But this book kept getting all kinds of buzz, so I threw it on my ‘to-read’ list and went on with my life… until I found out they were making a movie. The preview reminded me of Zombieland, a favorite of mine. It looked awesome and funny, so I thought, “Now’s the time—I’m gonna read this book.” (I have a horrible habit of doing this by the way, not reading the book until I see the previews for the movie).
Right off the bat, the book was not what I expected. I blame the previews, based on which I assumed Warm Bodies was young adult. In the book, R and Julie are in their twenties, and R sports a suit, not the t-shirt and hoodie from the film trailer. Also, the book has sexual content, albeit mostly in R’s inner dialogue and a few comical scenes with R’s buddy M. The book’s written by a man, and the lead character is male, so you can guess as to the types of things that randomly go through R’s brain. Yes, the book is very male. But it’s also very sweet, and funny, and charming. It is not, however, appropriate for teens.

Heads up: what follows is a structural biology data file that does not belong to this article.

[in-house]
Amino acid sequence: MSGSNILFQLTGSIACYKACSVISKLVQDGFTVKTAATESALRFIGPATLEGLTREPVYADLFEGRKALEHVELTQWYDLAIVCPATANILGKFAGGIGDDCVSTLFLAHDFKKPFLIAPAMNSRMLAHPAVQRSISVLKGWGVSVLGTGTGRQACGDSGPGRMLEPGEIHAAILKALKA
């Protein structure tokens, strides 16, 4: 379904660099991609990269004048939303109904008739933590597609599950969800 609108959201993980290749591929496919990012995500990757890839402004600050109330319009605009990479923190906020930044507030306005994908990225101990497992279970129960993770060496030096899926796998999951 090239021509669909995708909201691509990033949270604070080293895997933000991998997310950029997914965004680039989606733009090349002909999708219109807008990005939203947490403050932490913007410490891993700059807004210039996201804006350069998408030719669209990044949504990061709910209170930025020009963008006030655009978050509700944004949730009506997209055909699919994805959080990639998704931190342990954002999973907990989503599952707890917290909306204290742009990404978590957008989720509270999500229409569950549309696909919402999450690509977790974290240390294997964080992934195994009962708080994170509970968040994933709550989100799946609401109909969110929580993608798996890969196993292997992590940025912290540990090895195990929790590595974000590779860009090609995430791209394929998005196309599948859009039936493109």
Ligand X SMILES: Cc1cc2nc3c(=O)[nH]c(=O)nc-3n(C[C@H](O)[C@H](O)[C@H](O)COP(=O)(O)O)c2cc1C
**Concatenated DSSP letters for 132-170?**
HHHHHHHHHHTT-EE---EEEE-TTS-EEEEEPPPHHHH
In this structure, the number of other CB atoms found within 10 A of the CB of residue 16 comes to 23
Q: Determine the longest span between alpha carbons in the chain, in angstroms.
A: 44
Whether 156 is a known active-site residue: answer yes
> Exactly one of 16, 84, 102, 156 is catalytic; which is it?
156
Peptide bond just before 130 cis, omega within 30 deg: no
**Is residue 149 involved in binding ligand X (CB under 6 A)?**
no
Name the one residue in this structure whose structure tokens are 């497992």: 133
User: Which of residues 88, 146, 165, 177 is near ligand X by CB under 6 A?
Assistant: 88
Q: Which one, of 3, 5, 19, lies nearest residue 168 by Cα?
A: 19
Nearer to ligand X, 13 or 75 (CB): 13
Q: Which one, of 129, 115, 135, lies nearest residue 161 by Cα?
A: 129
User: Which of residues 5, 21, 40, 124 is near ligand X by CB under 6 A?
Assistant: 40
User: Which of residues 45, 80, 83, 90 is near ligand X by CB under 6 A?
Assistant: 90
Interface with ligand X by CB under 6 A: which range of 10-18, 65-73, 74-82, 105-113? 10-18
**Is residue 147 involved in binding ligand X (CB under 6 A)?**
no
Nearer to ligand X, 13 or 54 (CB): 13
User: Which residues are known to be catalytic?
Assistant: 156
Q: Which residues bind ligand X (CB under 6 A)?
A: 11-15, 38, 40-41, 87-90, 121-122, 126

When we’re introduced to R, his inner dialogue is bleak, but so clever and funny. “It disquieted me at first, but it’s against etiquette to notice when one of us dies. I distracted myself with some groaning.” That was my favorite line in the book. There’s always the suspension of disbelief when it comes to zombies, but even within that, we still have ideas about what zombies are, so the author, Marion, has to earn our trust a little to get us to buy into this idea that zombies have thoughts and even attempt conversations with one another. Zombies can talk? What?!